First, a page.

For the past 13 years, HIFA has been a dependable festival in Zimbabwe. Step into the Harare Gardens, where HIFA locates itself, and you won’t really know where you are (the abundance of Shona statues might be a give away). Run by Manuel Bagorro, a program manager at Carnegie Hall most of the year, and supported by a volunteer staff of local students and artists, HIFA is an extremely welcoming and exciting place to visit.
The HIFA program for 2012 featured a diverse range of female artists from across the continent. We caught up with Maria de Barros, Liz Ogumbo, Maia von Lekow, and Edith WeUtonga to learn more about their experiences at HIFA (although there were many more).
Maria De Barros is a musical ambassador for Cape Verde. She calls her music “Africa meets Brazil and the Caribbean.” De Barros calls Cesaria Evora, arguably West Africa’s greatest vocalist, a godmother and inspiration. Now living in Los Angeles, De Barros plays her west African creole music around the world. Her fourth album is a ways away, but the process is interesting. The bassist and drummer are De Barros’s producers and they collect about 70 new pieces from Cape Verdean (young) writers and musicians in Cape Verde and the diaspora, compile them, and Maria choses what will go on her album. Maria says that her favorite thing is to introduce people to Cape Verde.
Liz Ogumbo was waiting for us with one of her designed handbags, after her friends Tumi and the Volume finished a set. Ogumbo calls herself a “Beautiful Creative Entity,” which we think is starting to catch on. From her latest music video, you’ll see how Liz is a hybrid artist–part designer, part singer, part model. Though expensive, Ogumbo’s favorite project right now are her “Fashion meets Music” shows, where she produces a fashion show with a live girl band. We appreciate her fun, chic humor.
Maia Von Lekow, also hailing from Nairobi doesn’t have an album out yet (it’s on its way), but she has a lot of experience playing and writing. At her performance in the Lay’s Stage at HIFA, reactions included “She’s stunning!” and lots of laughs at her playful relation with her band and jokes; like how she describes herself as a “Point 5”. Her tunes bring a new sense of “chill” to the African music scene.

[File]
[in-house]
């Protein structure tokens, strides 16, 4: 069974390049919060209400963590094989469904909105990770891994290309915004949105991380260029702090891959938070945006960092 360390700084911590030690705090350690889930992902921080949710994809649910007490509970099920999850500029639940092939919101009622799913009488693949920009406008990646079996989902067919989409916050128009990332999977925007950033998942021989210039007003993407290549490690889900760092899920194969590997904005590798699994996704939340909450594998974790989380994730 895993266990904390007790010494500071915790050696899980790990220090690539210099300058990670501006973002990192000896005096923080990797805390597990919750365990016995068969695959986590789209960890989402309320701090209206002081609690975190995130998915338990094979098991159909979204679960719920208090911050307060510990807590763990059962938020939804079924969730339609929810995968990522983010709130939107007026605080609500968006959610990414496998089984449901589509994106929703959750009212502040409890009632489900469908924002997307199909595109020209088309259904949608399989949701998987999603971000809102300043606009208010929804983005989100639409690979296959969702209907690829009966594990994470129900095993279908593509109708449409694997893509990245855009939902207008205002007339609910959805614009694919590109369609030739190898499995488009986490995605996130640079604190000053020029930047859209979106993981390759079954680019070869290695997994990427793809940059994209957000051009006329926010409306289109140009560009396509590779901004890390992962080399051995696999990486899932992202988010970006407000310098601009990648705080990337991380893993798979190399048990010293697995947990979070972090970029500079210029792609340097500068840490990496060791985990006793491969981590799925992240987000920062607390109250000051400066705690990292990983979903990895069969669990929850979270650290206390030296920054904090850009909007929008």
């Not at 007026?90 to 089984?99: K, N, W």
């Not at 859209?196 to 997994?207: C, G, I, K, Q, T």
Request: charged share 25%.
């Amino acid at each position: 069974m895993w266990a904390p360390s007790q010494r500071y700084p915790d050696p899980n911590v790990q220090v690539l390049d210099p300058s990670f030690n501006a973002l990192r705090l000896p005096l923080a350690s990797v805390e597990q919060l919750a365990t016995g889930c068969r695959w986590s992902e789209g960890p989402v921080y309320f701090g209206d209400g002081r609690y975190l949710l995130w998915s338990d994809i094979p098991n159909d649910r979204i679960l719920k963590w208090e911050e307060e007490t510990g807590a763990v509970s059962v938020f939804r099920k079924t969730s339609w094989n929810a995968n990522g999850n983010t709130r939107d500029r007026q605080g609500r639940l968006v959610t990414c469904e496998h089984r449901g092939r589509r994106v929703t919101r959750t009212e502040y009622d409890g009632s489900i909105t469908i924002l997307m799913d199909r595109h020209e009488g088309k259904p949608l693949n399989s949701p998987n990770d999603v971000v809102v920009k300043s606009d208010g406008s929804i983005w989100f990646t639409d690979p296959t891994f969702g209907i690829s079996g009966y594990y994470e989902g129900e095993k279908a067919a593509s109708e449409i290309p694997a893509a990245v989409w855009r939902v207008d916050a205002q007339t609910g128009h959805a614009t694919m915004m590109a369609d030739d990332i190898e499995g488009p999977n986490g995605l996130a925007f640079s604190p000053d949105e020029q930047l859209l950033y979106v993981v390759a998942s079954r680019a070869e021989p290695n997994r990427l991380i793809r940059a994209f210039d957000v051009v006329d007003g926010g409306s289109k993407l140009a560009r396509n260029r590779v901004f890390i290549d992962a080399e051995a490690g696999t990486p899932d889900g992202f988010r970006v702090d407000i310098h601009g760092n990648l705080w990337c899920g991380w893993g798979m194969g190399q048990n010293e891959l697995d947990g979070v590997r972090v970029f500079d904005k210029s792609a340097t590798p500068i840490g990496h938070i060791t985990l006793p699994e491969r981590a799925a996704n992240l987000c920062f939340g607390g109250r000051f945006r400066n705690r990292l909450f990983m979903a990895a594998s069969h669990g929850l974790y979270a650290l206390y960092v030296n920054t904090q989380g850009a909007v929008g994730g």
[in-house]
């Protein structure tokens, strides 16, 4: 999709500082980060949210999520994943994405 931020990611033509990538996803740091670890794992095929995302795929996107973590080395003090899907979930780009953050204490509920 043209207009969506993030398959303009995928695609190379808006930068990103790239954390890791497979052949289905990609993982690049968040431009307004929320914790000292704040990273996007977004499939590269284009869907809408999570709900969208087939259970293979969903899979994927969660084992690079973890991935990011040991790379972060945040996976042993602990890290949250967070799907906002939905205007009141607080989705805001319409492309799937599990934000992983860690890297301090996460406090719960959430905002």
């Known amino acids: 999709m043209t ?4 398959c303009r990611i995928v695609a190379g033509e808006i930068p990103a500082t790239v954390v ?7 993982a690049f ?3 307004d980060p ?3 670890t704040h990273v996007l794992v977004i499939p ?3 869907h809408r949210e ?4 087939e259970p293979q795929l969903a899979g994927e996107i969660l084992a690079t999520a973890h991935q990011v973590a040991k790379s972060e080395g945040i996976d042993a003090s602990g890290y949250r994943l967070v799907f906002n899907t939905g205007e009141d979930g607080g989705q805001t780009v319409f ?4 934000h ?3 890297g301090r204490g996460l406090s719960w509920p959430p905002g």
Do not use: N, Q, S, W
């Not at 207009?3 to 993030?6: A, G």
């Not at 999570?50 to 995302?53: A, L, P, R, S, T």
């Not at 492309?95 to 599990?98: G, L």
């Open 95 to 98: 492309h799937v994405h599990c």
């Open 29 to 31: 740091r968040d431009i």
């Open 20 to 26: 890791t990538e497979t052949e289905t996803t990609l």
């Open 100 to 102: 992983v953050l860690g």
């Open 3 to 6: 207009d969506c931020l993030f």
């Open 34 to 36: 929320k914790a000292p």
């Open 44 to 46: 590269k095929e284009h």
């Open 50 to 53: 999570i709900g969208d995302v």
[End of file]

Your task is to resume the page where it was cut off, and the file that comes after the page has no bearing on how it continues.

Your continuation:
Edith WeUtonga, though a musical and theatrical hit in Zimbabwe, she has yet to play outside her native country. Walking through the HIFA grounds, everyone stopped Edith to say hello. She explained to me that initially people were taken with the fact that she sings and plays the bass in her band. Pulling from groove, jazz, and tradition, Edith’s messages are about social issues. On her album, Utonga, one song called “Hutungamiri” asks “What’s leadership?” Some people in Zimbabwe have been reluctant to play the song on the radio in case of government backlash, but she keeps performing it wherever she goes. Another album is due out at the end of the summer, so keep your eyes peeled.
Lastly, we didn’t get to talk to Netsayi, but the Zimbwean “Electrofolk” singer made an appearance at HIFA. After starting her career in London where she grew up, Netsayi has moved back to Zimbabwe and has her own take on traditional music and jokes about her time abroad. Her two albums, Chimurenga Soul and Monkey’s Wedding are chocked full with fun and serious tunes.
Our last stop was at a legendary Harare hangout–the Book Café. If you plan to visit Harare, the Book Café is where Zimbabwe’s leading artists congregate and perform. It turned out that many HIFA artists also made the Book Café a stop on their Harare visit to talk with the director, Paul Brickhill and see the venue’s new space. Most evenings one can find live music or poetry on the Book Café stage, and with a new pizza oven on board, it may also make good stop for others.